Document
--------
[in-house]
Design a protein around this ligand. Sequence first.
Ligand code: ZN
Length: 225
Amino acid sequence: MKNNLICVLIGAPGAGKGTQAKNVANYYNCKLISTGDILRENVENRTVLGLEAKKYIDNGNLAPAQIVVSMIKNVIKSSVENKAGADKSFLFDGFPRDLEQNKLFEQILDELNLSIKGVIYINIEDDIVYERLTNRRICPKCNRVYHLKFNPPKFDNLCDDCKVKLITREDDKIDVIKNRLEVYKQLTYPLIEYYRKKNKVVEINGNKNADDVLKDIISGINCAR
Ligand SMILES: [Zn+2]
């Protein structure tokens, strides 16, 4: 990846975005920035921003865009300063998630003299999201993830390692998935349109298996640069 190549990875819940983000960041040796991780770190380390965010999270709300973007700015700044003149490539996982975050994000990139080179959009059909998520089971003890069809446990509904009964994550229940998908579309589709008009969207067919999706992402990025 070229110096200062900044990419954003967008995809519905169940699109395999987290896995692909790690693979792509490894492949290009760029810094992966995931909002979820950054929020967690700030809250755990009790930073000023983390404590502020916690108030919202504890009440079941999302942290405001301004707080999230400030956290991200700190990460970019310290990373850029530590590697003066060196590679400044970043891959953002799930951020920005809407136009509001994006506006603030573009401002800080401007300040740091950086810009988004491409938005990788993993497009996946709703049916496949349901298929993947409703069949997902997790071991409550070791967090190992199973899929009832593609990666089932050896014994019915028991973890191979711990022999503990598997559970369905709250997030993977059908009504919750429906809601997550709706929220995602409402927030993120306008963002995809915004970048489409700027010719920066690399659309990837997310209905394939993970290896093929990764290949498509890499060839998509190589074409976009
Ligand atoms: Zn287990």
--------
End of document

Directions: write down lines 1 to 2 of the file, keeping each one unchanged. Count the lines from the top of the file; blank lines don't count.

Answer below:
[in-house]
Design a protein around this ligand. Sequence first.